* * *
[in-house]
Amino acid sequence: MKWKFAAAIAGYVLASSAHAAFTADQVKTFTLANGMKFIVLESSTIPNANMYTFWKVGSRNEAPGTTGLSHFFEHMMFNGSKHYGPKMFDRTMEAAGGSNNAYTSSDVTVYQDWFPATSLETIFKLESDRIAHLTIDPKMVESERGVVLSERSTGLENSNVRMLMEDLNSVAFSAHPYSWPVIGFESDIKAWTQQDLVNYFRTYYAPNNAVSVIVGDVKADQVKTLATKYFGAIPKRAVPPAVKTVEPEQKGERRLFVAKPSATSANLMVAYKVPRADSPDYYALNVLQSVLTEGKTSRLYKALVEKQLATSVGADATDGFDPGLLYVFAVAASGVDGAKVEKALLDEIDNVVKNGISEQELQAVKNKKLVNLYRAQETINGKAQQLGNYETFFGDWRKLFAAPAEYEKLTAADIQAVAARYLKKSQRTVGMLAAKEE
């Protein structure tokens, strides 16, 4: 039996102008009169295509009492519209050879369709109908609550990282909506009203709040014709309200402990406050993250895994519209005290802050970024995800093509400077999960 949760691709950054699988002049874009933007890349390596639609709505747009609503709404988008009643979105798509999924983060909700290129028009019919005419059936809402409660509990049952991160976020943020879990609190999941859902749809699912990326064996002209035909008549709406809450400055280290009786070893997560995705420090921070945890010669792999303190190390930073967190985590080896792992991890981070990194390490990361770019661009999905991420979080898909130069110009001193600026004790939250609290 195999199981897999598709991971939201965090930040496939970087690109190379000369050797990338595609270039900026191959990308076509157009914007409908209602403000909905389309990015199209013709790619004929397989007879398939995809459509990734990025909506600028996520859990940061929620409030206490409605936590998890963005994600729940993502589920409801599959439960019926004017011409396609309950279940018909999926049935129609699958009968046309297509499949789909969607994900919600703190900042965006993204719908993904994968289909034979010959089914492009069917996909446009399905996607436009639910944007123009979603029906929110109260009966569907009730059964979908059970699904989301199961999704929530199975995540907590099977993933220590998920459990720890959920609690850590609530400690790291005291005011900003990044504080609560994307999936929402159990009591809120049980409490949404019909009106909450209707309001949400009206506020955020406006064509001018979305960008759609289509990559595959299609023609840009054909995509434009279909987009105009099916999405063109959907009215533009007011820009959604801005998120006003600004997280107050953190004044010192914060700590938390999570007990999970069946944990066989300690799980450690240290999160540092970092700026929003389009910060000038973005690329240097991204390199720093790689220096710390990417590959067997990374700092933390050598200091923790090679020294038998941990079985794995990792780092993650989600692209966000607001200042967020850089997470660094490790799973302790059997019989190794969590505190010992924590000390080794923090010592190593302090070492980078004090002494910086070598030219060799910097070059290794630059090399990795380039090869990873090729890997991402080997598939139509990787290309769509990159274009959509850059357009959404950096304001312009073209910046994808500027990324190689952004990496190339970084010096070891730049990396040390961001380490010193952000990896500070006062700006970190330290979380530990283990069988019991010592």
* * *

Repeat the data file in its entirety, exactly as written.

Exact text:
[in-house]
Amino acid sequence: MKWKFAAAIAGYVLASSAHAAFTADQVKTFTLANGMKFIVLESSTIPNANMYTFWKVGSRNEAPGTTGLSHFFEHMMFNGSKHYGPKMFDRTMEAAGGSNNAYTSSDVTVYQDWFPATSLETIFKLESDRIAHLTIDPKMVESERGVVLSERSTGLENSNVRMLMEDLNSVAFSAHPYSWPVIGFESDIKAWTQQDLVNYFRTYYAPNNAVSVIVGDVKADQVKTLATKYFGAIPKRAVPPAVKTVEPEQKGERRLFVAKPSATSANLMVAYKVPRADSPDYYALNVLQSVLTEGKTSRLYKALVEKQLATSVGADATDGFDPGLLYVFAVAASGVDGAKVEKALLDEIDNVVKNGISEQELQAVKNKKLVNLYRAQETINGKAQQLGNYETFFGDWRKLFAAPAEYEKLTAADIQAVAARYLKKSQRTVGMLAAKEE
């Protein structure tokens, strides 16, 4: 039996102008009169295509009492519209050879369709109908609550990282909506009203709040014709309200402990406050993250895994519209005290802050970024995800093509400077999960 949760691709950054699988002049874009933007890349390596639609709505747009609503709404988008009643979105798509999924983060909700290129028009019919005419059936809402409660509990049952991160976020943020879990609190999941859902749809699912990326064996002209035909008549709406809450400055280290009786070893997560995705420090921070945890010669792999303190190390930073967190985590080896792992991890981070990194390490990361770019661009999905991420979080898909130069110009001193600026004790939250609290 195999199981897999598709991971939201965090930040496939970087690109190379000369050797990338595609270039900026191959990308076509157009914007409908209602403000909905389309990015199209013709790619004929397989007879398939995809459509990734990025909506600028996520859990940061929620409030206490409605936590998890963005994600729940993502589920409801599959439960019926004017011409396609309950279940018909999926049935129609699958009968046309297509499949789909969607994900919600703190900042965006993204719908993904994968289909034979010959089914492009069917996909446009399905996607436009639910944007123009979603029906929110109260009966569907009730059964979908059970699904989301199961999704929530199975995540907590099977993933220590998920459990720890959920609690850590609530400690790291005291005011900003990044504080609560994307999936929402159990009591809120049980409490949404019909009106909450209707309001949400009206506020955020406006064509001018979305960008759609289509990559595959299609023609840009054909995509434009279909987009105009099916999405063109959907009215533009007011820009959604801005998120006003600004997280107050953190004044010192914060700590938390999570007990999970069946944990066989300690799980450690240290999160540092970092700026929003389009910060000038973005690329240097991204390199720093790689220096710390990417590959067997990374700092933390050598200091923790090679020294038998941990079985794995990792780092993650989600692209966000607001200042967020850089997470660094490790799973302790059997019989190794969590505190010992924590000390080794923090010592190593302090070492980078004090002494910086070598030219060799910097070059290794630059090399990795380039090869990873090729890997991402080997598939139509990787290309769509990159274009959509850059357009959404950096304001312009073209910046994808500027990324190689952004990496190339970084010096070891730049990396040390961001380490010193952000990896500070006062700006970190330290979380530990283990069988019991010592």